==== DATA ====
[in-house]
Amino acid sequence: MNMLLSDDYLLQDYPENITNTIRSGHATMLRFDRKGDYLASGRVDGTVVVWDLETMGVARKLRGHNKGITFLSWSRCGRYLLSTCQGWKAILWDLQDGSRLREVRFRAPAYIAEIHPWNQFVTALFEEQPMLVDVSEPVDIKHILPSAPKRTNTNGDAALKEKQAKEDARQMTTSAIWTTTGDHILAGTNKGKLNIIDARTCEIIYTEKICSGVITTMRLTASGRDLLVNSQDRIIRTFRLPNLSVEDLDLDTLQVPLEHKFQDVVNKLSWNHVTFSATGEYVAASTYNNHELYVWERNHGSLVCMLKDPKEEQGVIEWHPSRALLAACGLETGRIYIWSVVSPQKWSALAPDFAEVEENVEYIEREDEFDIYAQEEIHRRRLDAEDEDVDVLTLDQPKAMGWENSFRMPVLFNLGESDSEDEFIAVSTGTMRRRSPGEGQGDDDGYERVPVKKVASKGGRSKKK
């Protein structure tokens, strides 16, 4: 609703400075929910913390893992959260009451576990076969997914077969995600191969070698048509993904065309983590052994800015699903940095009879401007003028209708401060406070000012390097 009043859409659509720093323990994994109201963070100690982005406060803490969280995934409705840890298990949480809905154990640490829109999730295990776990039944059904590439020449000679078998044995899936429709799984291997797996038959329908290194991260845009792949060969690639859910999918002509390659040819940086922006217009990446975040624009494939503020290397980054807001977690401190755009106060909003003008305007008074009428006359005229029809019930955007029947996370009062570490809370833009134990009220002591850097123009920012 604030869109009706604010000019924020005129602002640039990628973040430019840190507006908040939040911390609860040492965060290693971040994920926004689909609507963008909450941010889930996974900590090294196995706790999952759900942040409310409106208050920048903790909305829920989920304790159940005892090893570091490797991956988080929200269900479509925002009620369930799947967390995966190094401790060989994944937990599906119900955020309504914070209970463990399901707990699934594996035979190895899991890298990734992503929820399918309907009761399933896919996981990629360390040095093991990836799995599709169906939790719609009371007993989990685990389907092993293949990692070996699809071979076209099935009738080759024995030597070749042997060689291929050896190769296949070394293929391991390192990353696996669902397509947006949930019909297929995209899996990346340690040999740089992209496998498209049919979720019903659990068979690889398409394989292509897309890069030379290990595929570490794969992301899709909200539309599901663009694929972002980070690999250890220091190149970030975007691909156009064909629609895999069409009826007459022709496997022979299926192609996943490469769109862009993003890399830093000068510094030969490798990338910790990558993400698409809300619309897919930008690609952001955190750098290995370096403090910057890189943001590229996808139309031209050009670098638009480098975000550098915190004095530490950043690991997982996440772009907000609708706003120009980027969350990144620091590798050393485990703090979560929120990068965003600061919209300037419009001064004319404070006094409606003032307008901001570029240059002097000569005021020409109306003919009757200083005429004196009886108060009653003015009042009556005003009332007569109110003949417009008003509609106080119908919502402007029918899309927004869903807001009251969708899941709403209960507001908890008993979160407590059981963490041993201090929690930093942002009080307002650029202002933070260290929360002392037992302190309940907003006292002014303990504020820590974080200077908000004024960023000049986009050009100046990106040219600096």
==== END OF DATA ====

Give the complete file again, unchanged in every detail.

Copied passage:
[in-house]
Amino acid sequence: MNMLLSDDYLLQDYPENITNTIRSGHATMLRFDRKGDYLASGRVDGTVVVWDLETMGVARKLRGHNKGITFLSWSRCGRYLLSTCQGWKAILWDLQDGSRLREVRFRAPAYIAEIHPWNQFVTALFEEQPMLVDVSEPVDIKHILPSAPKRTNTNGDAALKEKQAKEDARQMTTSAIWTTTGDHILAGTNKGKLNIIDARTCEIIYTEKICSGVITTMRLTASGRDLLVNSQDRIIRTFRLPNLSVEDLDLDTLQVPLEHKFQDVVNKLSWNHVTFSATGEYVAASTYNNHELYVWERNHGSLVCMLKDPKEEQGVIEWHPSRALLAACGLETGRIYIWSVVSPQKWSALAPDFAEVEENVEYIEREDEFDIYAQEEIHRRRLDAEDEDVDVLTLDQPKAMGWENSFRMPVLFNLGESDSEDEFIAVSTGTMRRRSPGEGQGDDDGYERVPVKKVASKGGRSKKK
């Protein structure tokens, strides 16, 4: 609703400075929910913390893992959260009451576990076969997914077969995600191969070698048509993904065309983590052994800015699903940095009879401007003028209708401060406070000012390097 009043859409659509720093323990994994109201963070100690982005406060803490969280995934409705840890298990949480809905154990640490829109999730295990776990039944059904590439020449000679078998044995899936429709799984291997797996038959329908290194991260845009792949060969690639859910999918002509390659040819940086922006217009990446975040624009494939503020290397980054807001977690401190755009106060909003003008305007008074009428006359005229029809019930955007029947996370009062570490809370833009134990009220002591850097123009920012 604030869109009706604010000019924020005129602002640039990628973040430019840190507006908040939040911390609860040492965060290693971040994920926004689909609507963008909450941010889930996974900590090294196995706790999952759900942040409310409106208050920048903790909305829920989920304790159940005892090893570091490797991956988080929200269900479509925002009620369930799947967390995966190094401790060989994944937990599906119900955020309504914070209970463990399901707990699934594996035979190895899991890298990734992503929820399918309907009761399933896919996981990629360390040095093991990836799995599709169906939790719609009371007993989990685990389907092993293949990692070996699809071979076209099935009738080759024995030597070749042997060689291929050896190769296949070394293929391991390192990353696996669902397509947006949930019909297929995209899996990346340690040999740089992209496998498209049919979720019903659990068979690889398409394989292509897309890069030379290990595929570490794969992301899709909200539309599901663009694929972002980070690999250890220091190149970030975007691909156009064909629609895999069409009826007459022709496997022979299926192609996943490469769109862009993003890399830093000068510094030969490798990338910790990558993400698409809300619309897919930008690609952001955190750098290995370096403090910057890189943001590229996808139309031209050009670098638009480098975000550098915190004095530490950043690991997982996440772009907000609708706003120009980027969350990144620091590798050393485990703090979560929120990068965003600061919209300037419009001064004319404070006094409606003032307008901001570029240059002097000569005021020409109306003919009757200083005429004196009886108060009653003015009042009556005003009332007569109110003949417009008003509609106080119908919502402007029918899309927004869903807001009251969708899941709403209960507001908890008993979160407590059981963490041993201090929690930093942002009080307002650029202002933070260290929360002392037992302190309940907003006292002014303990504020820590974080200077908000004024960023000049986009050009100046990106040219600096």